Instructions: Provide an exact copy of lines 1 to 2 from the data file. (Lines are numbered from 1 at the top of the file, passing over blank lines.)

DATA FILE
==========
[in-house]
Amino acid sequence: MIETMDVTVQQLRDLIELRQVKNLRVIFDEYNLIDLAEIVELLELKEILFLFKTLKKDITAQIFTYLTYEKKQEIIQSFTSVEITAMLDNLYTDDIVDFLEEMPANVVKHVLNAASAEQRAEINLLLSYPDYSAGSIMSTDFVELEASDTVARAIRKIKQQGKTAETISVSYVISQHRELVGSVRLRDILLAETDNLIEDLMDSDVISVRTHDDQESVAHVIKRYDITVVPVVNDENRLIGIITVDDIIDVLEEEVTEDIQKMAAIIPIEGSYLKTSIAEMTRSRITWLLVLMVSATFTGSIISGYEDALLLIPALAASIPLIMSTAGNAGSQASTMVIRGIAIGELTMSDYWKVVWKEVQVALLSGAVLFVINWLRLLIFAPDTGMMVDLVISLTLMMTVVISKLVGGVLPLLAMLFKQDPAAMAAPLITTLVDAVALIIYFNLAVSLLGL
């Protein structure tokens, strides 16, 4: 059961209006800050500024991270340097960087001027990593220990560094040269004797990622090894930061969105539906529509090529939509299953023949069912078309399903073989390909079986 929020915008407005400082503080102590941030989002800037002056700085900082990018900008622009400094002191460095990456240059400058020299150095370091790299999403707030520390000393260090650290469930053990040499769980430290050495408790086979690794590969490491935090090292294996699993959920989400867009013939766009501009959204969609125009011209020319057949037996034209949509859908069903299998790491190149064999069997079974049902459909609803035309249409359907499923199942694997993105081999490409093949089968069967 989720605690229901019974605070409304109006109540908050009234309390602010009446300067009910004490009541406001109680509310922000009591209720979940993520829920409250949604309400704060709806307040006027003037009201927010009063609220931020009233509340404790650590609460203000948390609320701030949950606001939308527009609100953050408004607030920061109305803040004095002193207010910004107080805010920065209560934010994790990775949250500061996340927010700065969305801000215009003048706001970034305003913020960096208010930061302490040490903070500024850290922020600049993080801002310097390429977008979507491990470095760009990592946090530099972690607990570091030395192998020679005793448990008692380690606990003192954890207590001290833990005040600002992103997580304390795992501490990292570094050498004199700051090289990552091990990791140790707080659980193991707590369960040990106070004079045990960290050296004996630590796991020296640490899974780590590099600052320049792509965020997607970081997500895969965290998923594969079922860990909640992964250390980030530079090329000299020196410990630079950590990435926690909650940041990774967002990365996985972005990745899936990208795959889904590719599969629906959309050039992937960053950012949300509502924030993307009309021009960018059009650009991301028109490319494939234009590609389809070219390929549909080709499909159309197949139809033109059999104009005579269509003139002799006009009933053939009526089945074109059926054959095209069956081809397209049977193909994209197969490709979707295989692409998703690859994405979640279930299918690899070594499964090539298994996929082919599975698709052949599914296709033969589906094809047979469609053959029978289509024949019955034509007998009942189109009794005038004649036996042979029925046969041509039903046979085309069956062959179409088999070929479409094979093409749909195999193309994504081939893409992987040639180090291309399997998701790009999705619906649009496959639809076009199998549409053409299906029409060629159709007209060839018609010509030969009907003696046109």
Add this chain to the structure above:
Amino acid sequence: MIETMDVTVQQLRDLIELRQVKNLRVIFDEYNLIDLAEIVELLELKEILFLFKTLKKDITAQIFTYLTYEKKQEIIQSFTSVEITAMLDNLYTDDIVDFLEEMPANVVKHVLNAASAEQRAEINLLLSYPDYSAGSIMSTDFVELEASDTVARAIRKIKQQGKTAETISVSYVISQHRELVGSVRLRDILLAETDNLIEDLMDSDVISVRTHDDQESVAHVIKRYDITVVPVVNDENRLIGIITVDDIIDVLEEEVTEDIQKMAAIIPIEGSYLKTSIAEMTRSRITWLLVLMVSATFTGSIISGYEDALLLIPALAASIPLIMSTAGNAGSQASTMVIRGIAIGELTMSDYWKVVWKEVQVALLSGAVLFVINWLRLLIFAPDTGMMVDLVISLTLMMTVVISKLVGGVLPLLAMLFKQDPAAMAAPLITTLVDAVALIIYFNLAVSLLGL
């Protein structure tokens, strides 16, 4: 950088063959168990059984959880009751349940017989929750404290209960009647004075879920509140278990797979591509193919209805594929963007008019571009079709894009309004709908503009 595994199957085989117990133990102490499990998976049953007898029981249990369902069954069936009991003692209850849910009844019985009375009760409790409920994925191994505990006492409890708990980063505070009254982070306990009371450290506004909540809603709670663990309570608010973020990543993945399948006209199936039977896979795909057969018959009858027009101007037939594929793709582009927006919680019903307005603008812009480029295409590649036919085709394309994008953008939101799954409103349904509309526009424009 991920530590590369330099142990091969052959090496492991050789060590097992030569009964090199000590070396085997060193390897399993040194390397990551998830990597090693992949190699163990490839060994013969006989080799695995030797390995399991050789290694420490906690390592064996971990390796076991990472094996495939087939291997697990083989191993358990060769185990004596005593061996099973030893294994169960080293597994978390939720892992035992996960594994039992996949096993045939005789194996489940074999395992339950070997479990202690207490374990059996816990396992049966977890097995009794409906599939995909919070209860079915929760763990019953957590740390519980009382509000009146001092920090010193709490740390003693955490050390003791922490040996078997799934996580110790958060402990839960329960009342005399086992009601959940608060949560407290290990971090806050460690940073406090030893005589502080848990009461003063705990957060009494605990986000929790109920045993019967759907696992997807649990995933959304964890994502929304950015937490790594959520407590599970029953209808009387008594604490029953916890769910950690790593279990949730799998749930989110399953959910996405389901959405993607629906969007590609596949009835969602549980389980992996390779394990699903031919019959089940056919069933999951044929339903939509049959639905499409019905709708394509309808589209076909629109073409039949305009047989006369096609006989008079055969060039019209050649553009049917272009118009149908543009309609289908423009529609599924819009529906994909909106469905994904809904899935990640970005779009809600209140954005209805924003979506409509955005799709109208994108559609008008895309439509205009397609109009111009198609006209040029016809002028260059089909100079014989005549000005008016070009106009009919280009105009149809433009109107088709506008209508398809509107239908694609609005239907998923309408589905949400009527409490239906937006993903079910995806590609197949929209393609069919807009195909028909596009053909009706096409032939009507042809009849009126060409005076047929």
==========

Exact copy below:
[in-house]
Amino acid sequence: MIETMDVTVQQLRDLIELRQVKNLRVIFDEYNLIDLAEIVELLELKEILFLFKTLKKDITAQIFTYLTYEKKQEIIQSFTSVEITAMLDNLYTDDIVDFLEEMPANVVKHVLNAASAEQRAEINLLLSYPDYSAGSIMSTDFVELEASDTVARAIRKIKQQGKTAETISVSYVISQHRELVGSVRLRDILLAETDNLIEDLMDSDVISVRTHDDQESVAHVIKRYDITVVPVVNDENRLIGIITVDDIIDVLEEEVTEDIQKMAAIIPIEGSYLKTSIAEMTRSRITWLLVLMVSATFTGSIISGYEDALLLIPALAASIPLIMSTAGNAGSQASTMVIRGIAIGELTMSDYWKVVWKEVQVALLSGAVLFVINWLRLLIFAPDTGMMVDLVISLTLMMTVVISKLVGGVLPLLAMLFKQDPAAMAAPLITTLVDAVALIIYFNLAVSLLGL